From the moment he walked into his dead brother’s apartment, Randy Labinjo knew he was looking at a crime scene.
Randy noticed what Calgary police had seemed to miss: half-filled garbage bags were spread around the home, dresser drawers in his brother’s bedroom had been emptied and there was nothing but an imprint in the spot where Mike Labinjo kept his safe.
Some of Mike’s sports memorabilia was missing as well, including two football championship rings — one from Labinjo’s time with the Philadelphia Eagles and another from the Stampeders’ 2008 Grey Cup win.
The former CFL linebacker played for the Calgary Stampeders, including in 2008 when he was a key player, helping the team earn its sixth championship.
Mike Labinjo, 38, died on Sept. 21, 2018. Police initially believed Mike died in his sleep.
Nearly two years after his death, the Calgary Police Service announced that investigators believed the death to be suspicious.
But Mike’s brother and mother — Randy and Margaret Labinjo — feel police have mishandled the investigation.
“We sit here, we know something has happened and nobody is really doing anything about it,” said Randy Labinjo, speaking with the Calgary Eyeopener’s David Gray.
“They’re just kind of sitting back telling us there’s nothing that can be done.”
Police take 24 hours to show up
Randy says that after they were informed of Mike’s death, he and his mother travelled from Toronto to Calgary to take care of his affairs.
That’s when the pair entered the apartment to find some of Mike’s belongings strewn about, with others missing.
Randy called police immediately to report his concerns. But it took CPS 24 hours to send an officer.
“I thought that was kind of strange in its own right,” said Randy. “Mike had just passed away and now we’re discovering his stuff is missing, so we thought that they would send somebody out to us immediately and that was not the case.”
Security camera footage not immediately collected
A patrol officer eventually showed up and Randy detailed his brother’s missing items.
Randy says he asked the officer if police had looked at the security cameras in the hallway and at Mike’s front door.
“I asked him if they had taken a look at the cameras to see if there was anybody present when Mike passed away, and his response to me was, ‘There’s cameras?'”
The officer acknowledged police had not yet viewed the recorded footage and said he would look into it, according to Randy.
A break in the case
More than 1½ years later, the Labinjos, who were back in Toronto, received a call from Calgary police.
There was a break in the case, said police.
“‘Give us a couple months, we’re going to build a case and we’re going to call you for you to come and be present when we charge these people with first-degree murder charges,'” Randy says he was told.
In May 2020, mid-pandemic, Randy and Margaret drove to Calgary from Toronto.
The mother and son were full of hope.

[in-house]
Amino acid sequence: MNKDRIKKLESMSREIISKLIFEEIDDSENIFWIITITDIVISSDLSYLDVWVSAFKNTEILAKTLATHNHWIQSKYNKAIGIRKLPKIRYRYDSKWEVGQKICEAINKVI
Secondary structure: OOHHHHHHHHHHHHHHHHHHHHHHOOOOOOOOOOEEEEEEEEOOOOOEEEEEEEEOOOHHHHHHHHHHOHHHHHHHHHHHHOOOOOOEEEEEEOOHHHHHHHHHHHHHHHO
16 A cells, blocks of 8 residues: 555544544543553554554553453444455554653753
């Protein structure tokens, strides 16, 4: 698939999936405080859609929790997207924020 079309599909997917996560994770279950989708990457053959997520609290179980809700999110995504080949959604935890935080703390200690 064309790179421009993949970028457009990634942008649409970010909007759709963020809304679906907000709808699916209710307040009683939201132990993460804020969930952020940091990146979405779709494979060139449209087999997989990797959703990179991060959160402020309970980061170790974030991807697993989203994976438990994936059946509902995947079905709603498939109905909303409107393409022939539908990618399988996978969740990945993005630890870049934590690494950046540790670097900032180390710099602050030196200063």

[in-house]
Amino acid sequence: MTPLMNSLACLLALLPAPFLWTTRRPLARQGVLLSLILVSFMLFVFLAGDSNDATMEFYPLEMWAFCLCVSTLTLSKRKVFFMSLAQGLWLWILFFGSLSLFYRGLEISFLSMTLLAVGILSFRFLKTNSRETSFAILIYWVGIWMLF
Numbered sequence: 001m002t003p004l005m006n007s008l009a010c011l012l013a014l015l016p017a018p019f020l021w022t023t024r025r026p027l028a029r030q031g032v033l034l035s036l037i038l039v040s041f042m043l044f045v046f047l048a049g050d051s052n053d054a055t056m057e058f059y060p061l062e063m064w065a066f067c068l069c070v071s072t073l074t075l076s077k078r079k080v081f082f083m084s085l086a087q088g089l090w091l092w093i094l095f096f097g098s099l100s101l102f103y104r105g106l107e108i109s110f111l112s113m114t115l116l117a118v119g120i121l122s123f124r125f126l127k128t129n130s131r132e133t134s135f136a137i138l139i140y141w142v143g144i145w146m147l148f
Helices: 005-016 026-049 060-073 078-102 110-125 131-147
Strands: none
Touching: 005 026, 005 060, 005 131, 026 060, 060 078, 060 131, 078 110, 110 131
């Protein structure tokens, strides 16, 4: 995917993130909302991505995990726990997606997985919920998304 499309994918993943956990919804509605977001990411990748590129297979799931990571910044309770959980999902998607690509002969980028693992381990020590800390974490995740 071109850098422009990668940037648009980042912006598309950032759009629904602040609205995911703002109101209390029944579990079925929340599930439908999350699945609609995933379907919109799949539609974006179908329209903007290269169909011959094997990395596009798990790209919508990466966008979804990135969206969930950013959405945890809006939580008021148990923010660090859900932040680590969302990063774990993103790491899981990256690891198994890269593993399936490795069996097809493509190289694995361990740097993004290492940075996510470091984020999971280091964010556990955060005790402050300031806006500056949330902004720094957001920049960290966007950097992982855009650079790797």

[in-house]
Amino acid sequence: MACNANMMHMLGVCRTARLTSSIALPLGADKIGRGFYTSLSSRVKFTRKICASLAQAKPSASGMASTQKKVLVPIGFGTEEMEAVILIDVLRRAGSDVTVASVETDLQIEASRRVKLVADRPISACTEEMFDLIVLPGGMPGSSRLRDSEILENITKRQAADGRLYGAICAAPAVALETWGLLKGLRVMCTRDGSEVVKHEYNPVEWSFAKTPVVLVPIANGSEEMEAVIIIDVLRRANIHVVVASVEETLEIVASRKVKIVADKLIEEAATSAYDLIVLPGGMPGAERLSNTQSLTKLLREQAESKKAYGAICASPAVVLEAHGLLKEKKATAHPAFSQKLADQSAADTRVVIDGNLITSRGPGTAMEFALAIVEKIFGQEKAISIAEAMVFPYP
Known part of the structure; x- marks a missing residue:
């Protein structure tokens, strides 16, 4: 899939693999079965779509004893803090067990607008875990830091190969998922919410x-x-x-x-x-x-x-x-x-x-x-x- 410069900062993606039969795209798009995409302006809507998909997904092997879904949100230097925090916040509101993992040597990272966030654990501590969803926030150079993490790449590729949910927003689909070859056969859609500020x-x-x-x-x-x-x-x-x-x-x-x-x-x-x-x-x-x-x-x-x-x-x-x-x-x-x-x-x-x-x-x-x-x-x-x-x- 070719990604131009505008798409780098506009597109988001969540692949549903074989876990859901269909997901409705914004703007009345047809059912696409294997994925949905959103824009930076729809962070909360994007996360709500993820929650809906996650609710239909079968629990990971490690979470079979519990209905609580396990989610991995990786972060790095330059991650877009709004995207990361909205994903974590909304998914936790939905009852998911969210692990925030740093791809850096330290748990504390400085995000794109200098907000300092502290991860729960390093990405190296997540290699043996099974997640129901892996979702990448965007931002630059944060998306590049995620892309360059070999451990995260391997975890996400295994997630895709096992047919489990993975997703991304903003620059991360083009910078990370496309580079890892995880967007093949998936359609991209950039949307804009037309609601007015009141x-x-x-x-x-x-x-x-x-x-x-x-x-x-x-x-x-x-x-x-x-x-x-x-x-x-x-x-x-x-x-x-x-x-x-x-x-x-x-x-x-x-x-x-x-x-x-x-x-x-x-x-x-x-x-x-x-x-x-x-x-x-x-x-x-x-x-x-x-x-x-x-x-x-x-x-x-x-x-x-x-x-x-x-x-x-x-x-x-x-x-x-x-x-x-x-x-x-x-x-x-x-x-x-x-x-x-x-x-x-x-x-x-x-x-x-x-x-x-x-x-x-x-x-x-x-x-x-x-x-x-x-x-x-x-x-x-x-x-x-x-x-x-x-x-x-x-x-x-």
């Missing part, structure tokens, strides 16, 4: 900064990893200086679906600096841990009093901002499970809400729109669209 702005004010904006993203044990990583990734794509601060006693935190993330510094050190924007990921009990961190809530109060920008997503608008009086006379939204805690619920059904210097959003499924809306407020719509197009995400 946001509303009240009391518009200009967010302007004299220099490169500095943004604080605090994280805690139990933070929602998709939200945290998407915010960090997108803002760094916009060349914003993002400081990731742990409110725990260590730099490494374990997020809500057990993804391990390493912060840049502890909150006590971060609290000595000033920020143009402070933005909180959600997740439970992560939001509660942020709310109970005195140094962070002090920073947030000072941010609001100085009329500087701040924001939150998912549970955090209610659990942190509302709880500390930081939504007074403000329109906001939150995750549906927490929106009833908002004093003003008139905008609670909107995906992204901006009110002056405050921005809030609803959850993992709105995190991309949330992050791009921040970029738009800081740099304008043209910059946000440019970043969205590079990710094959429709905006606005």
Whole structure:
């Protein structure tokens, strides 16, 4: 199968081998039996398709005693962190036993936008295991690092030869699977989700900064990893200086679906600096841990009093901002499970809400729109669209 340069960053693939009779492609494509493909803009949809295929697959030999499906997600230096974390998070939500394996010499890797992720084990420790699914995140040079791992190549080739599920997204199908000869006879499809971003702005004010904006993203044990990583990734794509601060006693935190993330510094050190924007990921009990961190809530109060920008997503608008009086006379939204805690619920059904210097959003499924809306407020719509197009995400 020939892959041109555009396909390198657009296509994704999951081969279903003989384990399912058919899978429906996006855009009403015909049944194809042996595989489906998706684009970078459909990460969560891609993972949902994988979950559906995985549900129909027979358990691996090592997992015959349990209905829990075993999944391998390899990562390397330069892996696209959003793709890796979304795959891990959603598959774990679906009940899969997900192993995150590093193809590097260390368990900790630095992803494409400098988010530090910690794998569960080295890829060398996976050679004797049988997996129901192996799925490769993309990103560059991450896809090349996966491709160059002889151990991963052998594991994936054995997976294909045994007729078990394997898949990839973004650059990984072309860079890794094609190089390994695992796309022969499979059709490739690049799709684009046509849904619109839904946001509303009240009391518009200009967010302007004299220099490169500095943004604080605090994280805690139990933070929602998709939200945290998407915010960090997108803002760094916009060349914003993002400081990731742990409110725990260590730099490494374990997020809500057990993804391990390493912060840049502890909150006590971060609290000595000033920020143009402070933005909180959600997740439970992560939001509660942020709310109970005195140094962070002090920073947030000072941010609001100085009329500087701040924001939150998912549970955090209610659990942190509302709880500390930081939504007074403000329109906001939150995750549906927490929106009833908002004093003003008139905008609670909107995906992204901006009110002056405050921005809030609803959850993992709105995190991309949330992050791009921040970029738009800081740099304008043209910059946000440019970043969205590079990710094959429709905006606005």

But when they arrived, police sat them down and explained they had a working theory about what happened and who was responsible. They even had a witness. But they needed more for the case to be held up in court.
4 suspects in theft
The family and CPS went ahead with a press conference asking the public for information. It was the first time police had acknowledged publicly that they had labelled the death as suspicious.
CPS gave details of some of the items missing — including the two championship rings and other sports memorabilia — the same items Randy had noticed missing 20 months earlier.
Police also released photos of four people who were in Mike’s apartment that night: two women, two men, all of whom are suspects in the robbery.
Randy has a theory about what happened in his brother’s apartment the night he died.
“From Day 1, I have told the police these people killed my brother and they refused to entertain that idea. And it wasn’t until they got this witness that came in on their own that they actually started to listen to us,” said Randy.
Both mother and son appeared on camera from police headquarters that day, seated at a makeshift desk.
They’d been asked by investigators to talk about Mike; to talk about what he was like, to help with the public plea for information.
“I love him,” Randy said looking at the camera that day.
“He was caring, kind, gentle and a loving person.”
‘I will fight to the end,’ says Margaret Labinjo
But it’s been 10 months since the press conference and there have been no more updates. No news. No charges.
And the Labinjos feel police have failed them. Failed Mike.
In a written statement, police said they appreciate the family is seeking justice and are committed solving the case.
“Investigators continue to collect evidence and speak with any identified witnesses,” police said.
“To protect the integrity of this investigation, we are unable to speak further about any details that may later be used to the detriment of potential court proceedings.”
At that press conference last May, Margaret addressed her son directly, making him a promise.
“I am going to make sure whoever did this to you is held responsible,” said Margaret.
“I will fight to the end for justice to be served. I love you, son. Forever.”
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